(Seattle Post-Intelligencer, 2001.)
TACOMA -- Delegates at the Northwest conference of the United Methodist Church wept yesterday as they watched a popular young pastor risk his career by admitting he is gay.

Pastor Mark Edward Williams of Woodland Park United Methodist Church in Seattle told about 650 church leaders and delegates he is no longer willing to live his life in secrecy.

"I'm proudly as much a practicing gay man as I am a practicing United Methodist," he said tearfully to a surprised audience that began to stand in empathy. "I realize that the church is prepared to accept me as a pastor only as long as I remain closeted and silent. It makes me sad to think that I may face rejection and the denial of my call to ministry from the community that's nurtured me all my life."

It was the second stunning announcement this year for the denomination, already torn over its official rejection of homosexual ministers, and for the Woodland Park church. Earlier this year, the Rev. Karen Dammann, a United Methodist minister who is on a leave of absence, told Northwest Bishop Elias Galvan that she is living in a homosexual relationship and requested a pastoral appointment.

Williams succeeded Dammann at Woodland Park, taking over a congregation wounded by her departure. Parishioners were divided over the issue of homosexual clergy, Dammann's decision to take her story public and her performance as pastor.

Yesterday, in pronouncing himself a "self-avowed, practicing homosexual," Williams placed himself firmly outside the bounds of the denomination's Book of Discipline, which prohibits the ordination or pastoral appointment of gays and lesbians.

Earlier this week, Northwest conference participants adopted a resolution supporting Dammann and put the question of gay and lesbian clergy to the church's Judicial Council, the Methodist high court.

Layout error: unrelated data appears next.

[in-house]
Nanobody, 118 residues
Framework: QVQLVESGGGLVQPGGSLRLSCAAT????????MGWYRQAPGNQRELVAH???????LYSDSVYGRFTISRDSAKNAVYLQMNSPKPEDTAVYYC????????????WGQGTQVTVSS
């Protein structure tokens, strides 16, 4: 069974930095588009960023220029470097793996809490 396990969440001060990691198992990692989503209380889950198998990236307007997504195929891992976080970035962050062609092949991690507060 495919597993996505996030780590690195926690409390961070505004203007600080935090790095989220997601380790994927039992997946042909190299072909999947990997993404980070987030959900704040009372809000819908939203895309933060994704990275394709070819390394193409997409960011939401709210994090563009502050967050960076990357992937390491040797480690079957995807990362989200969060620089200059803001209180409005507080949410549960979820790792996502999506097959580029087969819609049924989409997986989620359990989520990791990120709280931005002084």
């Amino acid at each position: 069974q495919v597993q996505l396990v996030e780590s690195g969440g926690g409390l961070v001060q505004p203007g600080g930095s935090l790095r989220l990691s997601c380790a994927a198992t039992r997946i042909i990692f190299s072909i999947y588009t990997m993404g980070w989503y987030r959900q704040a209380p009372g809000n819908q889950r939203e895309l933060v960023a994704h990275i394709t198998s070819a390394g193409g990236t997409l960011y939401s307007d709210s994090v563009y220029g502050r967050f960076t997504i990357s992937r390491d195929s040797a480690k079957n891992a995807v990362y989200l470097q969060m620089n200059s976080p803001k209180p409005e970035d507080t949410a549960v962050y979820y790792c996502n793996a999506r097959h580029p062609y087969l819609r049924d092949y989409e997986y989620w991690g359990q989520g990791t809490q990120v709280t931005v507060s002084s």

Williams' situation will be added to the case, said Galvan, who heads the Pacific Northwest Conference of the United Methodist Church, which includes 70,000 members in Washington and Northern Idaho.

Once Williams finished his statement, Galvan immediately called the applauding congregation to prayer, asking blessings for "one of your children who is in pain."

Williams, like all Methodist pastors, is appointed for one year at time. He was to receive his annual reappointment tomorrow.

But with Williams' announcement that he is gay, church policy prohibits the bishop from reappointing Williams to the church on Greenwood Avenue North and North 78th Street that he has tended for two years.

The pastor is not willing to leave silently.

"To pretend that if we don't talk about homosexuality we'll be able to maintain unity -- as if those people haven't been pushed out the back door all this time -- that's injustice to me," Williams said before his announcement.

Like many denominations, the United Methodist Church has been debating its stand on homosexual clergy for years.

At last year's churchwide General Conference in Cleveland, the church retained its bans on homosexual ordination and same-sex unions. More than 200 people were arrested during a protest of the policy. Only a few denominations accept gay clergy, including the Unitarian Universalists and the United Church of Christ.

Others continue to struggle with the contentious issue.

Yesterday, the General Assembly of the Presbyterian Church (U.S.A.) voted to recommend lifting a ban on ordaining homosexual clergy.

The Church Council of the Evangelical Lutheran Church of America in November rejected a proposal to allow the ordination of gay and lesbian ministers.

The Episcopal Church officially bans the ordination of gays and lesbians, but some dioceses, including the archdiocese of Olympia, have ordained homosexuals. The issue will likely come up again at the church's next General Convention. Two years ago, St. Mark's Cathedral on Capitol Hill became the first cathedral in the country to name a dean who is openly gay.